Actress, author, cancer survivor and advocate Fran Drescher offers tips to help detoxify homes and build a healthier environment.
After feeling betrayed by her body, following a uterine cancer diagnosis nearly 17 years ago, actress, author, cancer survivor and advocate Fran Drescher wrote a best-selling book titled “Cancer Schmancer.” She realized after going on a book tour that there were millions of other patients with cancer and survivors who felt the same way. This is when the Cancer Schmancer Movement was born.
“The best cure for cancer is not to get sick in the first place.” That has become actress, author, cancer survivor and advocate Fran Drescher’s motto in life.
One of its outreach programs, Detox Your Home, gives people the tools to identify toxins, eliminate them and reduce their risk of cancer and other chronic disease. According to research, 90 percent of cancers are stimulated by lifestyle and environmental factors
. Therefore, each individual holds some control over what they expose your body to.
In an interview with CURE
, Drescher offered up 10 useful tips to get started on your detox. They include:
1. Become aware of what you put IN your mouth, ON your skin and AROUND your home and garden. Just the simple act of being conscious about your food, cosmetics and household cleaners is a good first step toward reducing toxic exposure.
2. Read labels. Drescher’s rule of thumb is, “If you can’t read it, don’t eat it.” That’s a good rule to follow for cosmetics and household cleaners, too. If you don’t know what you’re buying, why are you buying it? Why are you exposing yourself and your family to it?
3. Research your household products. Get rid of the bad ones and buy safer ones. Cancer Schmancer’s partner, Environmental Working Group (EWG), has assessed thousands of products for safety and created easy-to-use consumer guides to empower you to make informed choices when you shop for cosmetics, sunscreen, cleaning products and food. You can find the guides at cancerschmancer.org/check
4. Buy organic food when possible, preferably from local sources. Organic food doesn’t mean no pesticides at all, it means naturally occurring, non-synthesized pesticides. Larger farms tend to use organic pesticides in larger quantities, so it’s best to buy from smaller, local farms — which has the bonus of reducing your carbon footprint, too.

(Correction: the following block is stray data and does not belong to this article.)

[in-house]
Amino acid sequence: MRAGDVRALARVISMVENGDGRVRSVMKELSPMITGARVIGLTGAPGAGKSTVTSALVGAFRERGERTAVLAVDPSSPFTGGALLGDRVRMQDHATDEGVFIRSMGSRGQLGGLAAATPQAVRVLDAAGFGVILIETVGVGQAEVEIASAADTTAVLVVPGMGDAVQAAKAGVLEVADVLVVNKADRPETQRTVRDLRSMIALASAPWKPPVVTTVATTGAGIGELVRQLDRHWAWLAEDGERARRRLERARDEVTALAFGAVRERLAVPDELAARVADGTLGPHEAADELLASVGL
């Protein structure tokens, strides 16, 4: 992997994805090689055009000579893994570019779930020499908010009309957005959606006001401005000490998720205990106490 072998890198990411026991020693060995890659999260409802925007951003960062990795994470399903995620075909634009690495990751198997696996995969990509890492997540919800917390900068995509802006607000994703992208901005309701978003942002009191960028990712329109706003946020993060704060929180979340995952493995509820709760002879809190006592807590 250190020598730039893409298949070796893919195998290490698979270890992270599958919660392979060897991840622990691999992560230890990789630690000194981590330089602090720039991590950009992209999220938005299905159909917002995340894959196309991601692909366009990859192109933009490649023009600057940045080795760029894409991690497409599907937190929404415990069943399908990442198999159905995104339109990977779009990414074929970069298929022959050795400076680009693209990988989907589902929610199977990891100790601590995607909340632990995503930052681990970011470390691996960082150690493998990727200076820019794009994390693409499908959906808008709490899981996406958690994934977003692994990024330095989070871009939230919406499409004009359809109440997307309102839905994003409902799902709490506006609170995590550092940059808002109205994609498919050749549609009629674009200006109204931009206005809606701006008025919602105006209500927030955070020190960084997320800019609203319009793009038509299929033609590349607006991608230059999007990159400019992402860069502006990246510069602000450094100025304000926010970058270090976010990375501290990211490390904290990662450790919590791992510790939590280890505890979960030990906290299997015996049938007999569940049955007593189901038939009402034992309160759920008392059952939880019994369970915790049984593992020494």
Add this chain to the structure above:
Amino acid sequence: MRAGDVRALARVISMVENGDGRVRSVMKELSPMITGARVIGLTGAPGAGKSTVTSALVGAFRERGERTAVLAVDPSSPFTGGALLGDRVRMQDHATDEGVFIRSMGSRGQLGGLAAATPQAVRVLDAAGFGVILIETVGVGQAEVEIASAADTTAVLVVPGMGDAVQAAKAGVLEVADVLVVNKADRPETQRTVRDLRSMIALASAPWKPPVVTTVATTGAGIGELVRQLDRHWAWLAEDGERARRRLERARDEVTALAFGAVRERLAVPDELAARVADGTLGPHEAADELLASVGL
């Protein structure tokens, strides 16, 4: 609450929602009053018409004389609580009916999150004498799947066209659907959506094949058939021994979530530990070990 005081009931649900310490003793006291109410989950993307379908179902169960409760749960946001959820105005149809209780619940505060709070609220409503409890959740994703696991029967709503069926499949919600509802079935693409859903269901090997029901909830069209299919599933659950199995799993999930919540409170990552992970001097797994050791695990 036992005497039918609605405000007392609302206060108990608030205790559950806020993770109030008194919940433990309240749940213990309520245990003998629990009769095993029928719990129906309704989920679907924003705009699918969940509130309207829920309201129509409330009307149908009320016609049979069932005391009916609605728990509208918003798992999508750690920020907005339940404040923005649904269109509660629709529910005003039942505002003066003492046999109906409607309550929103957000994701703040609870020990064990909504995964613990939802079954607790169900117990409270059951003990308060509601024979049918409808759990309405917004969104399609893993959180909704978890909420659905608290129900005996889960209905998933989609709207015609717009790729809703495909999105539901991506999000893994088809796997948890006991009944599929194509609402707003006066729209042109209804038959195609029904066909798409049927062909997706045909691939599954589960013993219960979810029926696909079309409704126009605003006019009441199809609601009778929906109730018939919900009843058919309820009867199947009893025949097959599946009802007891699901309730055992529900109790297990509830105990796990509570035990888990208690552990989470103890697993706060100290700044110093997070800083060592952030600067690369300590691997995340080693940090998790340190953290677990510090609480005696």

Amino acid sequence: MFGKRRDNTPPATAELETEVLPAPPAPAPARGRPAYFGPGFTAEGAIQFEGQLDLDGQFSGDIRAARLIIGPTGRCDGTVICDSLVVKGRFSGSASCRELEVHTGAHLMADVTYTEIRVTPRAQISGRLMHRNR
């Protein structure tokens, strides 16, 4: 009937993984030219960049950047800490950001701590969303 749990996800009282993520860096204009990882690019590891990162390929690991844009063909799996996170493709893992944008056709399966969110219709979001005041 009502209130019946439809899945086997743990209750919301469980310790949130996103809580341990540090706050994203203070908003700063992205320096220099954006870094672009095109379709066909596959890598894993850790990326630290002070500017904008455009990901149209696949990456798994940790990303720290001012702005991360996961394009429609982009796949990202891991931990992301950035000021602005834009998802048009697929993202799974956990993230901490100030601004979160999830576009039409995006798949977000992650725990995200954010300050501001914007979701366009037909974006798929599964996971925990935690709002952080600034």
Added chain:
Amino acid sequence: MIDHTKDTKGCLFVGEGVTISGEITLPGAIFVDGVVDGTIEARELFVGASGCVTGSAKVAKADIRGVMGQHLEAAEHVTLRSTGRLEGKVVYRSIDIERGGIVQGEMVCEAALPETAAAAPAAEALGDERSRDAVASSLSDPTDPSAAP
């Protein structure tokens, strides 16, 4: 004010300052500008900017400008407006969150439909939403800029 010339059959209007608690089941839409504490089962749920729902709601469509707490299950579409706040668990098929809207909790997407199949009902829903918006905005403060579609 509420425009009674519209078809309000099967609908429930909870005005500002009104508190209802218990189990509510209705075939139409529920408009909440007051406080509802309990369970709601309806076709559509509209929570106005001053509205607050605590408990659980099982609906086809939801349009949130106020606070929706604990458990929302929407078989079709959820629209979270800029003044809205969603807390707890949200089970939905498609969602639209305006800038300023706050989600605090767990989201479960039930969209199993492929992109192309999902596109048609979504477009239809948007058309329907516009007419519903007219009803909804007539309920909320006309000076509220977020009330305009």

5. Avoid GMOs. Genetically Modified Organisms, per se, may or may not harmful to you. The research is still out on that because GMOs haven’t been around long enough to know the long-term effects on health. Many plants have been altered to resist the pesticide and possible carcinogen glyphosate. It’s best to err on the side of caution.
6. Grow your own garden. What better way to know whether your food is safe than to grow it yourself? Fertilize with your own compost.
7. Make your own cleaning products. You can create an entire army of cleaners using white vinegar, baking soda, rubbing alcohol and lemon juice, which are just as effective and cheaper than the ones in the store. Check out Cancer Schmancer’s video
for some recipes.
8. Avoid synthetic fragrances. The word “fragrance” on a label is a big red flag and can hide a multitude of sins, says Drescher. If the fragrance in a cleaning product lasts more than a minute or so, don’t use it. That goes for scented candles and perfume, too. It’s more fun — and better for you — to make your own scents using essential oils.
9. Exercise. It’s impractical to think you can avoid all exposure, so make sure your body works as efficiently as it can. Exercise keeps your body functioning at a high level so that its natural detoxifying systems can do their job.
10. Don’t stress. Stress creates its own set of problems. Do what you can to detox your home and don’t beat yourself up for not doing everything or not doing it perfectly. Every little step adds up to big change.
For more information on Cancer Schmancer visit, http://www.cancerschmancer.org/